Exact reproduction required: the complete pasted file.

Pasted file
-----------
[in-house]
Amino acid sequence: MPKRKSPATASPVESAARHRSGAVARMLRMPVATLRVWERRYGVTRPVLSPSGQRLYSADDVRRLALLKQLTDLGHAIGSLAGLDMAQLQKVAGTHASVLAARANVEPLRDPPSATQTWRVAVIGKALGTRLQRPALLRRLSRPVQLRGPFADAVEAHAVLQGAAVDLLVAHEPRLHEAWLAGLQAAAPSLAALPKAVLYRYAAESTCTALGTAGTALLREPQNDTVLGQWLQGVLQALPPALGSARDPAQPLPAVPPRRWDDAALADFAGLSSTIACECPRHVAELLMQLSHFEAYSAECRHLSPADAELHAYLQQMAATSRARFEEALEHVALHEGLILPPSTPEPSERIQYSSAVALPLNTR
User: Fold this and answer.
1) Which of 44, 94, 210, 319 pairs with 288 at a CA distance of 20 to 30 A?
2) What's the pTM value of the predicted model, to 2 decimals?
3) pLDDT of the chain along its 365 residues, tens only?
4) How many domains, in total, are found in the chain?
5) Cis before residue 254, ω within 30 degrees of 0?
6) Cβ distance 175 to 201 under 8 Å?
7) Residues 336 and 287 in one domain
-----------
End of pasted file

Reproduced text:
[in-house]
Amino acid sequence: MPKRKSPATASPVESAARHRSGAVARMLRMPVATLRVWERRYGVTRPVLSPSGQRLYSADDVRRLALLKQLTDLGHAIGSLAGLDMAQLQKVAGTHASVLAARANVEPLRDPPSATQTWRVAVIGKALGTRLQRPALLRRLSRPVQLRGPFADAVEAHAVLQGAAVDLLVAHEPRLHEAWLAGLQAAAPSLAALPKAVLYRYAAESTCTALGTAGTALLREPQNDTVLGQWLQGVLQALPPALGSARDPAQPLPAVPPRRWDDAALADFAGLSSTIACECPRHVAELLMQLSHFEAYSAECRHLSPADAELHAYLQQMAATSRARFEEALEHVALHEGLILPPSTPEPSERIQYSSAVALPLNTR
User: Fold this and answer.
1) Which of 44, 94, 210, 319 pairs with 288 at a CA distance of 20 to 30 A?
2) What's the pTM value of the predicted model, to 2 decimals?
3) pLDDT of the chain along its 365 residues, tens only?
4) How many domains, in total, are found in the chain?
5) Cis before residue 254, ω within 30 degrees of 0?
6) Cβ distance 175 to 201 under 8 Å?
7) Residues 336 and 287 in one domain